12 shortcut tools for lazy community management
Written by Courtney Seiter and published
It’s summer. I don’t know about where you are, but at Raven’s Nashville HQ, it’s about a billion degrees. It’s time to be lazy.
Honestly, I like to think of all the tools below as actually making me more productive – they all work so well to cut through any extra steps and help me get right to the meat of building and tending to the Raven Tools community.
But they do all have the benefit of providing nice shortcuts and helping make the most of my time – a must when I’ve got snacks to eat and roof games to play.
OK, lazy intro concluded. Here are my top 12 shortcut tools! (P.S. All these tools have at least some kind of free plan, because I’m lazy and cheap.)
I already wrote a whole post about this tool, but its magical shortcut is best appreciated for 1) conferences and events and 2) crowdsourcing. Roll the top tweets from a conference into Storify. Ask your community a question and gather up all the answers in Storify. Either way, you’ve got yourself a shiny new blog post with minimum effort!
There’s simply no lazier/awesomer way to curate content than Buffer. Their bookmarklet makes scheduling Twitter posts a snap by pulling in the article’s headline and URL (with your choice of shortener) automatically, and their integration with Tweriod means you can maximize your time slots for peak audience. You can Buffer posts right from a feed reader, which is a supercool shortcut. Also neat: a new integration with Facebook that allows you to Buffer Facebook posts right into your Twitter queue.
Exhausted by examining each new Twitter follower? This Twitter management tool has lots of filters to allow you to work with your community in any way that’s convenient for you. Bulk add/delete or filter by follower/friend ratio, how frequently someone posts and many other neat bells and whistles. Real-time analytics show you who’s active at any given moment, and SocialBro’s when-to-tweet report updates as your community grows and changes.
4. Feed Readers
When your community is full of Internet marketers and content marketing is reaching its fever pitch, you have a lot of reading to keep up with. I use a feed reader (plain ol’ Google Reader for me, but there are plenty of options out there) to keep up with blogs by Raven’s many partners, Raven customers and more. This way I never miss out on a post and I can read everything at a time that’s convenient for me. Feeds can also be really useful in social media monitoring.
A nice visualization of how your efforts are faring on Facebook and Twitter, Crowdbooster’s lazizness secret weapon is in its alerts regarding influential new followers by Klout score (hit-or-miss, but still better than nothing) and nice lists of top Facebook commenters and frequent RTers on Twitter. Those are the fans and followers I want to build a stronger relationship with, and this helps to get them on my radar quickly.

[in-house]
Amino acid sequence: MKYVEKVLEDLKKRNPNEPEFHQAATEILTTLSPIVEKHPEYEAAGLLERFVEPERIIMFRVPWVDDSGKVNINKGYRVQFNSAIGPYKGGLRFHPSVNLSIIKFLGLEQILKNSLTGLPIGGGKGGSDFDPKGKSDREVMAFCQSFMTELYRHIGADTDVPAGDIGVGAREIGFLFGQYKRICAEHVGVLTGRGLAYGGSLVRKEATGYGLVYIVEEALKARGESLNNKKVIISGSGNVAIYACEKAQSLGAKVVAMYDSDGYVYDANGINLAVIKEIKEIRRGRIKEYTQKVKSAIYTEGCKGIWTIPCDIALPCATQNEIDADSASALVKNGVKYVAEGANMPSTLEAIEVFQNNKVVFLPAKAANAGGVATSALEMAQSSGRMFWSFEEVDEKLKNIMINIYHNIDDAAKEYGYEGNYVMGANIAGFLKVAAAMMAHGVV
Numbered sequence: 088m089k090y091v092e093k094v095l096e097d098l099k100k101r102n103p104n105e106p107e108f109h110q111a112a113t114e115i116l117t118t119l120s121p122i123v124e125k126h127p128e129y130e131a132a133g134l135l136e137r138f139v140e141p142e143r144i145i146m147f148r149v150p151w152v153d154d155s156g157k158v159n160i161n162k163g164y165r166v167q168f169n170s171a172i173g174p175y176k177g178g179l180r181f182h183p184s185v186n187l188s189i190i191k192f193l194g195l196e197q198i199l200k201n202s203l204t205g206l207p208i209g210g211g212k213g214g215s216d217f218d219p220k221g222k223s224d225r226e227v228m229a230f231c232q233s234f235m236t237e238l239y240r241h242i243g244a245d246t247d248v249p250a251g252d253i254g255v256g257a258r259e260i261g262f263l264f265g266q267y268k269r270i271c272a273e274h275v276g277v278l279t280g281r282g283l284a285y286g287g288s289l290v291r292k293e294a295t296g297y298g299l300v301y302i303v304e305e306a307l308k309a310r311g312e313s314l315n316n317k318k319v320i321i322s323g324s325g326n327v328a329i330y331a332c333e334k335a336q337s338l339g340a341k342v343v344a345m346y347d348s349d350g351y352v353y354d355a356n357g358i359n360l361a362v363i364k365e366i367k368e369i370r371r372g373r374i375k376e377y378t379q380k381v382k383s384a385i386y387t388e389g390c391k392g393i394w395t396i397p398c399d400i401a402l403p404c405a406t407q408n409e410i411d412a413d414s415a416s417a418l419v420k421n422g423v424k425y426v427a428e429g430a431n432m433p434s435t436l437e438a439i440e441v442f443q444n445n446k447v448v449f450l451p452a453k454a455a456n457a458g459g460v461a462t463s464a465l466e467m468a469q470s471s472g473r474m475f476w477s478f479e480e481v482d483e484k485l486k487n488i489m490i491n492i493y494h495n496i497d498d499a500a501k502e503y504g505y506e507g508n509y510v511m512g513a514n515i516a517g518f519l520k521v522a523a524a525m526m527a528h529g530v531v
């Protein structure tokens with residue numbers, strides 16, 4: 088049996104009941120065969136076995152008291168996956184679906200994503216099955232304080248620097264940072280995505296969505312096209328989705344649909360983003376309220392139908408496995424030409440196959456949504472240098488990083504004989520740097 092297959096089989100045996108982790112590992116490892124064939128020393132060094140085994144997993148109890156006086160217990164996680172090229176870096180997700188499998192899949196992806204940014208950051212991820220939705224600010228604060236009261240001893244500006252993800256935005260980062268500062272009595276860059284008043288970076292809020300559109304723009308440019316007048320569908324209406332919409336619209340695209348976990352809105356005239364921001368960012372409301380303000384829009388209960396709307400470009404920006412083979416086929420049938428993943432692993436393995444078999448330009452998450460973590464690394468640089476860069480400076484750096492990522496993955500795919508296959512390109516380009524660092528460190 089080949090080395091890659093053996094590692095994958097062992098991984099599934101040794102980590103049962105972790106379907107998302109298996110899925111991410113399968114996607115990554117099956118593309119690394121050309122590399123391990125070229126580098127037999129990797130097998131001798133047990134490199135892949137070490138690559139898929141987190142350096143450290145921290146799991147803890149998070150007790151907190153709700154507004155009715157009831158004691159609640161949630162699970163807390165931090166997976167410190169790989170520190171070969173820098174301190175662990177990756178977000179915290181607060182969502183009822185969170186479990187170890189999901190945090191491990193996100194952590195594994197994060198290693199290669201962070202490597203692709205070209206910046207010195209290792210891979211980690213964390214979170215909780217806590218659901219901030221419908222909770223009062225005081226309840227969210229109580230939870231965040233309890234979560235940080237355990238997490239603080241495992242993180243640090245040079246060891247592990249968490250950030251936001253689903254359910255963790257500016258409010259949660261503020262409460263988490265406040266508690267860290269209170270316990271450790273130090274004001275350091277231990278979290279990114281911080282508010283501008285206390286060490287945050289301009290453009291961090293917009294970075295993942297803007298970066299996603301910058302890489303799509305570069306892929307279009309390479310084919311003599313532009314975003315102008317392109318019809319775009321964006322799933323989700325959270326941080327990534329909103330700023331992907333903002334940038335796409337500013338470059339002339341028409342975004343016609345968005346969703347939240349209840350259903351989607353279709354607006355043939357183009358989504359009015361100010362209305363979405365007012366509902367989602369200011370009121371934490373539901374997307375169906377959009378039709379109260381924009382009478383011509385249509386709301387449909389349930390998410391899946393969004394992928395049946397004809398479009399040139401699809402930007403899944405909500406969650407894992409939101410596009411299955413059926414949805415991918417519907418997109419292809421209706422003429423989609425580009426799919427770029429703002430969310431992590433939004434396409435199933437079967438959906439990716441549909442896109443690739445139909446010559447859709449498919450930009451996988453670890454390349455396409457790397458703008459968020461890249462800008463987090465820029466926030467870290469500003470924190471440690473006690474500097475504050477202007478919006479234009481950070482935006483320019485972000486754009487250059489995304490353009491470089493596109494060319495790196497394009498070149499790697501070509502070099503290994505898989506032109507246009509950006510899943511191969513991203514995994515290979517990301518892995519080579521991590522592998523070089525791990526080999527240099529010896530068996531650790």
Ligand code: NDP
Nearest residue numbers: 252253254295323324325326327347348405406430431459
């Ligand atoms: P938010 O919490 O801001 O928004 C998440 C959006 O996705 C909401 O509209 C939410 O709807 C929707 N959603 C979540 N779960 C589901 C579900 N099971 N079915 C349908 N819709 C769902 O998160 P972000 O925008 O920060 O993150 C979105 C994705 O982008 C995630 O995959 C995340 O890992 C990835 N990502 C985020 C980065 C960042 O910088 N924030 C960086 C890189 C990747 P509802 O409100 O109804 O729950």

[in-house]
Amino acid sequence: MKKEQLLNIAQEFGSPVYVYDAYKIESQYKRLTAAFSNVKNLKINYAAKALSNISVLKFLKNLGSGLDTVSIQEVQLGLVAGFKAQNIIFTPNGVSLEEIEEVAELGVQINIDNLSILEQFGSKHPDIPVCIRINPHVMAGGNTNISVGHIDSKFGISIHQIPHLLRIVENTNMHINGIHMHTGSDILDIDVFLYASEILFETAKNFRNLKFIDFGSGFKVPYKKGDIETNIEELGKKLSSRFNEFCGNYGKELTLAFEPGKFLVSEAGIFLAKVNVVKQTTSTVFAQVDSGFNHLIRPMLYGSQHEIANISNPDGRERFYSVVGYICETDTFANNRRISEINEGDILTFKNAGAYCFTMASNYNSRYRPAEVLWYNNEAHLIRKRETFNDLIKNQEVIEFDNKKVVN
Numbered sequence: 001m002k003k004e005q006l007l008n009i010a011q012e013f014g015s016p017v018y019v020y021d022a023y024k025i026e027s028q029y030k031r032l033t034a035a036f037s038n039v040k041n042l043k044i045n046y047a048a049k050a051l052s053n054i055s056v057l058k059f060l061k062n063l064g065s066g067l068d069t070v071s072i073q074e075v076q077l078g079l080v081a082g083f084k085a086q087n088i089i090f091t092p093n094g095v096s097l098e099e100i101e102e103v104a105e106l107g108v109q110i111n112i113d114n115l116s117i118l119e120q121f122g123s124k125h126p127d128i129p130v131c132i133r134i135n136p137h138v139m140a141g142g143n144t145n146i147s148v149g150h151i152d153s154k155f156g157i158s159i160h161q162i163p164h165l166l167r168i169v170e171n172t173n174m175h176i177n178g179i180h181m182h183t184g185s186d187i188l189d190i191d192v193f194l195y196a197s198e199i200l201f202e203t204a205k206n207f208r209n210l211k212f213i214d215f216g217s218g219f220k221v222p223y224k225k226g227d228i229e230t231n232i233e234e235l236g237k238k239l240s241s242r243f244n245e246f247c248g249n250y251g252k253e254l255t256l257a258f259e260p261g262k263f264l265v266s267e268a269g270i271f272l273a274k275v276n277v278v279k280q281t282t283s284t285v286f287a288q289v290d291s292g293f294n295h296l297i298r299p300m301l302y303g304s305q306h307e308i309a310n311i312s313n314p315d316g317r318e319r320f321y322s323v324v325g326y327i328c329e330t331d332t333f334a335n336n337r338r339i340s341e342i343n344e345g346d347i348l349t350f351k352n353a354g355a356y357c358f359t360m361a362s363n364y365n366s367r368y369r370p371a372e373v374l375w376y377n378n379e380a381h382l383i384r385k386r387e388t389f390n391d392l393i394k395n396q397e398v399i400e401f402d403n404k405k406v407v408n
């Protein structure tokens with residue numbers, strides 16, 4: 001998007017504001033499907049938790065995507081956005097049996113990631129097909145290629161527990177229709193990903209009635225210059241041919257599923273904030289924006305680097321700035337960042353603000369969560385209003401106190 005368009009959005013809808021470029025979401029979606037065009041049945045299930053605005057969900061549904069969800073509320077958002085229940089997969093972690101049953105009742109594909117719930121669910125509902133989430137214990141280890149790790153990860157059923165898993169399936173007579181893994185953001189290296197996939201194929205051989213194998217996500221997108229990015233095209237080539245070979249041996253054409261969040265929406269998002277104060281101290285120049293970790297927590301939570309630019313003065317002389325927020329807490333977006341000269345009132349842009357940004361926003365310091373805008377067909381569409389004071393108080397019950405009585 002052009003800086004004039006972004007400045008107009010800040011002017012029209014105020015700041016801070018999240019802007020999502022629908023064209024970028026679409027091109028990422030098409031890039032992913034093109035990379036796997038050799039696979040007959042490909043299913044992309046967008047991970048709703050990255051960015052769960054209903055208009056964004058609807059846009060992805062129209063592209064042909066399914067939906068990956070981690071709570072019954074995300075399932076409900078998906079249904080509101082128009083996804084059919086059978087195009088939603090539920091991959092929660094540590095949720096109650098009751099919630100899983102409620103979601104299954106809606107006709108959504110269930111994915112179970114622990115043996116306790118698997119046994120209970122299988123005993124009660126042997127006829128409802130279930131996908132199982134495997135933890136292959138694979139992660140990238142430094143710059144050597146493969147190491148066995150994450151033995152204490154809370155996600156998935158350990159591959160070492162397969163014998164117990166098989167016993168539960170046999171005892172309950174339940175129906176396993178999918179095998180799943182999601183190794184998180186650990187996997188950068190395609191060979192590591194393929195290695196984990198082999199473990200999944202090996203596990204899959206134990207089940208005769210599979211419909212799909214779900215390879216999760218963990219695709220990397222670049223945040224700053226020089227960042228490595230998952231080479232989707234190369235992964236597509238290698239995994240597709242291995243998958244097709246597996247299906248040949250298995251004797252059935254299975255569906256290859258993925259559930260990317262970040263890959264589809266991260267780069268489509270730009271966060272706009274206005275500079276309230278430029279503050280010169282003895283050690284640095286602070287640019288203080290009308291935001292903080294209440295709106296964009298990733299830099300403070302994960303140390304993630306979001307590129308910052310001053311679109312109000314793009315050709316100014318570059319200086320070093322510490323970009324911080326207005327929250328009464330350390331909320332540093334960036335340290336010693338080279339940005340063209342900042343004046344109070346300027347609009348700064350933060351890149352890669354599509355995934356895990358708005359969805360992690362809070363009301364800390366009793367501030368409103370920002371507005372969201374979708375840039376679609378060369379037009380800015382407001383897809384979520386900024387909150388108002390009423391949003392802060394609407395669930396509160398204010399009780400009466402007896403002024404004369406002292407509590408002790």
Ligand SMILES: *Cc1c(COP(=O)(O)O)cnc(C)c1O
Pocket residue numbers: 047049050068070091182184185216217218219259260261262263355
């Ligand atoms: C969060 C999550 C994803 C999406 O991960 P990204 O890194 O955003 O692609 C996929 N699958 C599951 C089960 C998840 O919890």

6. Shared Count
An awesome, quick and easy way to get an overview of how your content is doing in terms of social shares. If you run a blog with multiple authors or topics, or guest post in various spots (all of which we do at Raven) this is a great way to see what topics, authors and blogs are getting you the best traction so you can spend your effort in the right places. You can also export to CSV if you want to put it into a spreadsheet for reporting.
Industry newsletters on 100+ topics. SmartBlog on Social Media supplies me with a daily dose of news I need to know (and often, share). Choose your industry(s), then follow on Twitter, Facebook, LinkedIn or RSS to get a steady stream of great news and information.
A really simple way to find Creative Commons photos to illustrate blog posts. Compfight cuts through 4 or 5 steps I used to go through to do an advanced search in Flickr and is really lovely to look at to boot. A recently released WordPress plugin that makes the process even easier.
An archive of tweeted links from the Raven Tools Twitter account is a must. Many of the links to industry news, studies and surveys we share go on to become fodder for future blog posts or presentations. Both of these tools allow you to collect the links you post from Twitter, with the choice to make them public or private.
The counterpart to Shared Count. Combined with conversion tracking in Google Analytics, campaign variables help me keep track of which content and promotions are generating the most traffic and conversions. How I set them up: Source=Twitter, Facebook, GooglePlus or LinkedIn; Medium=social; Campaign=whatever you’re working on, like “blog” or “landing page.”
Hoo boy, If This Then That (IFTTT if you’re into the whole brevity thing) is the motherload of shortcuts for lazy people – this thing will text you the weather every morning, for Pete’s sake. Before you get too trigger-happy, really think through the best ways to use IFTTT’s powerful “recipes” that trigger different automated activities. Send Facebook photos to Flickr automatically. Save favorite tweets to Evernote. Send Instagram photos to Dropbox.